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WHAT THE HEEL'S GOING ON?

I'm sensing a Revolution of the Amazons.

Tall women beating down on the Manolo Blahniks and Steve Maddens of the footwear fashion world, taking Christian Louboutin and his cronies hostage.

No doubt, just about everybody loves a great pair of high heels. They make you look sexy, slender and super sensational, in general.

But are all these 5-, 6- and even 7-inch heels really that necessary? And what message do they send those over-gifted in the height department?

Sky-high heels have been in vogue for quite a while, taking sizable space in most shoe stores. Last year, in fact, Monsieur Louboutin said his 6- and 7-inch stilettos were selling so well that he planned to introduce an 8-inch platform this fall.

Holy skyscrapers.

For tall girls like me (I'm almost 5-foot-9, which is actually short in the tall category but taller that most), this is hardly good news. Strap on a pair of half-footers, and we may need an oxygen mask.

"The fashion world is killing me,'' declared 6-foot-2 Christine Alexander, noting that it's hard enough to find pants that are long enough.

This footwear phenomenon is not fair. Short girls should not have the luxury of being tall on demand. They already don't have to worry about towering over their date or hitting their head on a ceiling fan. They can hem their slacks, and they get to call themselves petite.

Tall girls, on the contrary, can't shrink for the occasion. Tall today, tall tonight, regardless of footwear. Sure, you can hide pounds or do the opposite and become America's Next Top Model. But what if you're not?

Six-foot-4 Julie Krueger is a customer service manager for a disposable glove manufacturer. Her height doesn't do squat for her at work but certainly gets her noticed, and not always positively. Adding another few inches just isn't an option.

"I love to dress in the current fashion (but) can't do the 4- to 5-inch heels and still fit through a door,'' said Krueger, a member of Tall N Terrific, a social club for tall people.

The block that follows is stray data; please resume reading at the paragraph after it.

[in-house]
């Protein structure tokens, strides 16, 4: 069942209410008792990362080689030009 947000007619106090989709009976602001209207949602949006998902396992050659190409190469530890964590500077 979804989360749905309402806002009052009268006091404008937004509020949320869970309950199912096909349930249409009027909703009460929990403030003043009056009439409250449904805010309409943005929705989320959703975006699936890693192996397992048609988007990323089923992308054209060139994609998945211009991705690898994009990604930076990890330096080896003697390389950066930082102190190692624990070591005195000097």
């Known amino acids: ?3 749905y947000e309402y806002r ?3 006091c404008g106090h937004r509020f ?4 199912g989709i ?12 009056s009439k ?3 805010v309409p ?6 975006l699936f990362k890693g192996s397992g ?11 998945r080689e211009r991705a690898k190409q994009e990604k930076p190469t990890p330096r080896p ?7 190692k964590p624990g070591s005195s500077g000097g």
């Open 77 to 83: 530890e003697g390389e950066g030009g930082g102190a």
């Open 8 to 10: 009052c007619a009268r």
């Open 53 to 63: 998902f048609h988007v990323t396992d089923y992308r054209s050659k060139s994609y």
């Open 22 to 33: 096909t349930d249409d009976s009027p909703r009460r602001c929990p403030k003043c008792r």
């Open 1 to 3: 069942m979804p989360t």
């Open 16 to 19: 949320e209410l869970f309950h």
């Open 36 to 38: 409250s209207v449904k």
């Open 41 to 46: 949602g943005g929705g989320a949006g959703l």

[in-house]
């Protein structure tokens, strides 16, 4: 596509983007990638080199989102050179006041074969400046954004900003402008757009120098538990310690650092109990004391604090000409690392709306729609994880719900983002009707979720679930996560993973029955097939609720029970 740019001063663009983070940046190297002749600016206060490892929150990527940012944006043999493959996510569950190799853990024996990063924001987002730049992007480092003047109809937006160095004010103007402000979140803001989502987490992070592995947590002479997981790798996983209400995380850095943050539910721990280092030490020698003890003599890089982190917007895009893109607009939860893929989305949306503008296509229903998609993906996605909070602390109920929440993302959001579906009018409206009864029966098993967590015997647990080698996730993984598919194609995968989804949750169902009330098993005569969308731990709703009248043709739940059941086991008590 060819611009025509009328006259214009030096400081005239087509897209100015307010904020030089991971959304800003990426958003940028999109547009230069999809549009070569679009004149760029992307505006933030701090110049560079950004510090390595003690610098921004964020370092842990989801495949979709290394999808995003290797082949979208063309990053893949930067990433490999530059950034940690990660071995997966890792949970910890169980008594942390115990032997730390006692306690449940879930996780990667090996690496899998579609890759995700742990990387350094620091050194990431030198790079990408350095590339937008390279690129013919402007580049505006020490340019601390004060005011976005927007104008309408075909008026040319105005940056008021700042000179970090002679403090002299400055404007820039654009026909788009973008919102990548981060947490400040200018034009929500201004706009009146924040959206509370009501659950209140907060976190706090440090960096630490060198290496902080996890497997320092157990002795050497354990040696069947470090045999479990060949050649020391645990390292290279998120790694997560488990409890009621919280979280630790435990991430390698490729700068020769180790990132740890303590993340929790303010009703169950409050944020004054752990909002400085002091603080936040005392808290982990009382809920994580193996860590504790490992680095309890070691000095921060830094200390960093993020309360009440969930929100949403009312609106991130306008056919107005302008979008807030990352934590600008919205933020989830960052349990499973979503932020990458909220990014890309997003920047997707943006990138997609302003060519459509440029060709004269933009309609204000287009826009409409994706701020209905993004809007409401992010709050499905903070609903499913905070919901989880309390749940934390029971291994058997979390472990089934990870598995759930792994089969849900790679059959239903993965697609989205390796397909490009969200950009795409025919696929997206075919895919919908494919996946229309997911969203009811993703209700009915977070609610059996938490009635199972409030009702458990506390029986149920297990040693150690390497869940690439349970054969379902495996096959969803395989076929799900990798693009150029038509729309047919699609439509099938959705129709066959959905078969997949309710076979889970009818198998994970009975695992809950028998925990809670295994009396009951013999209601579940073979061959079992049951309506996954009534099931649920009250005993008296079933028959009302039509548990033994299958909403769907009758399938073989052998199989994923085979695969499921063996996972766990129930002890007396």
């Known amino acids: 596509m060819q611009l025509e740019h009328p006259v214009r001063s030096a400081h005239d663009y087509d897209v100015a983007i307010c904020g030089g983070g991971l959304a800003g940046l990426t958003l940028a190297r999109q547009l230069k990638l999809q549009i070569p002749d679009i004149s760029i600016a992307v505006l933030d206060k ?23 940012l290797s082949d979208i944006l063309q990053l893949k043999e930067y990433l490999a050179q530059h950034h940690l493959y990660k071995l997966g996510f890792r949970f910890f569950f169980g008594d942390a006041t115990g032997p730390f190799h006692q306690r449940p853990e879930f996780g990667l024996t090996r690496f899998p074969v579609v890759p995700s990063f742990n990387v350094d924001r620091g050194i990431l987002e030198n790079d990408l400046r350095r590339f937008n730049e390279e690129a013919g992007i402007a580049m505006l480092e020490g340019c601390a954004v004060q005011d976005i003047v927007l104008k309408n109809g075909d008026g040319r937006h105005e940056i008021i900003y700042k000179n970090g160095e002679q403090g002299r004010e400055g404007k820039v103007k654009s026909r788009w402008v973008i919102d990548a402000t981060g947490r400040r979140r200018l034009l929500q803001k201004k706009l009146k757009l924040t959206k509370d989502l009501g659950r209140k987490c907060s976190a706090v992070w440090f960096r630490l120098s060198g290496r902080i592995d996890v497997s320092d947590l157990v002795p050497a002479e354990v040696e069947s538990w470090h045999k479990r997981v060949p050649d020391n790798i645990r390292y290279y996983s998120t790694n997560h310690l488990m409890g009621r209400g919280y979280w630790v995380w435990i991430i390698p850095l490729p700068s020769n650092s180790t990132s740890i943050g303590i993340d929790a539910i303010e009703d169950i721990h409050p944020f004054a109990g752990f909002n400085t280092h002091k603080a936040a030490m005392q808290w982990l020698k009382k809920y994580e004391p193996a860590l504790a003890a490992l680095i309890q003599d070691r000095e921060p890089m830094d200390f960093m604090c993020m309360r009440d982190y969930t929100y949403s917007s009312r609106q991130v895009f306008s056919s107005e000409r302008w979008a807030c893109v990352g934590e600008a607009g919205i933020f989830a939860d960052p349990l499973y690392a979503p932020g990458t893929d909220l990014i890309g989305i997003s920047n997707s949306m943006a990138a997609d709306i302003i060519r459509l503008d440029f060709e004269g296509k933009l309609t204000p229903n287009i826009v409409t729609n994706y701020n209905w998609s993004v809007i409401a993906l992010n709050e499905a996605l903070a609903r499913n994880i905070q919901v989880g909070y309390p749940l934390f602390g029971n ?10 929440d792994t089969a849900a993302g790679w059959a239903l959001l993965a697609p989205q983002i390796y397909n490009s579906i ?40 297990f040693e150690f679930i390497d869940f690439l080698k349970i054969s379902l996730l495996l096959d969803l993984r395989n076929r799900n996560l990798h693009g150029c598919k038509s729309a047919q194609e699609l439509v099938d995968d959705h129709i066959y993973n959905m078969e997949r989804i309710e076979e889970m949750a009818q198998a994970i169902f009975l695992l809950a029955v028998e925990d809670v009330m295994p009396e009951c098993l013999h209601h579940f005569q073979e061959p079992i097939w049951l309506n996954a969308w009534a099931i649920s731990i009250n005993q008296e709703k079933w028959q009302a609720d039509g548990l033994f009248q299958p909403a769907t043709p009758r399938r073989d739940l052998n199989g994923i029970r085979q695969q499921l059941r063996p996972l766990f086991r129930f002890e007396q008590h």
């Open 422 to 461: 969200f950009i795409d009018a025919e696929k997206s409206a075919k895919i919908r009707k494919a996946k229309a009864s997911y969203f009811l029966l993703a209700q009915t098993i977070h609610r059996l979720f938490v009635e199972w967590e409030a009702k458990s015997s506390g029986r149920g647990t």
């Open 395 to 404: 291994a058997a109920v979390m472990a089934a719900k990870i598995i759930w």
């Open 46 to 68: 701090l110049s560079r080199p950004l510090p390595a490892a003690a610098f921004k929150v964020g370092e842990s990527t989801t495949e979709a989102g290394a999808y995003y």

To compensate, the 43-year-old from South Tampa wears ballet flats and gladiator sandals, which thankfully are in style. Instead of skinny jeans, she opts for wide-legged pants that look good with flats.

She admits it's frustrating.

Keeping up with fashion also can have painful results. Tampa podiatrist Marc Katz said about 10 percent of his patients have problems related to high heels. A few even want surgery to remove the pinky toe to better fit into narrow-toed high heels, a procedure he refuses to do.

"For a lot of people it's such a fashion thing,'' Katz said. "They refuse to take them off.''

Even at 6-foot-2, Alexander, who grew up in St. Petersburg, loves high heels but only wears them sparingly. Put on a pair of super stilettos, and she "would have to build a man to kiss.''

"Us tall people do not blend in with the crowds to begin with and then to put another 5 inches under us?'' she said. "Me, personally, I hate being called Amazon.''

Heal your heels

Wearing super-high heels over extended periods of time can cause painful bunions, hammer toes, ingrown toenails and Morton's neuroma, a nerve irritation in the ball of the foot. For those who insist on wearing heels, Dr. Marc Katz of Tampa offers these tips:

Switch out heels for running shoes when walking longer distances.

Choose a squared-toe shoe over a pointed, narrow one. Open-toed shoes are also preferred over closed-toe styles.

Reduce heels by even an inch to reduce pressure on the ball of the foot.

Select thicker, more stable heels.

Walk barefoot regularly to stretch the leg muscles.

WHAT THE HEEL'S GOING ON? 07/30/09 [Last modified: Thursday, July 30, 2009 5:30am]

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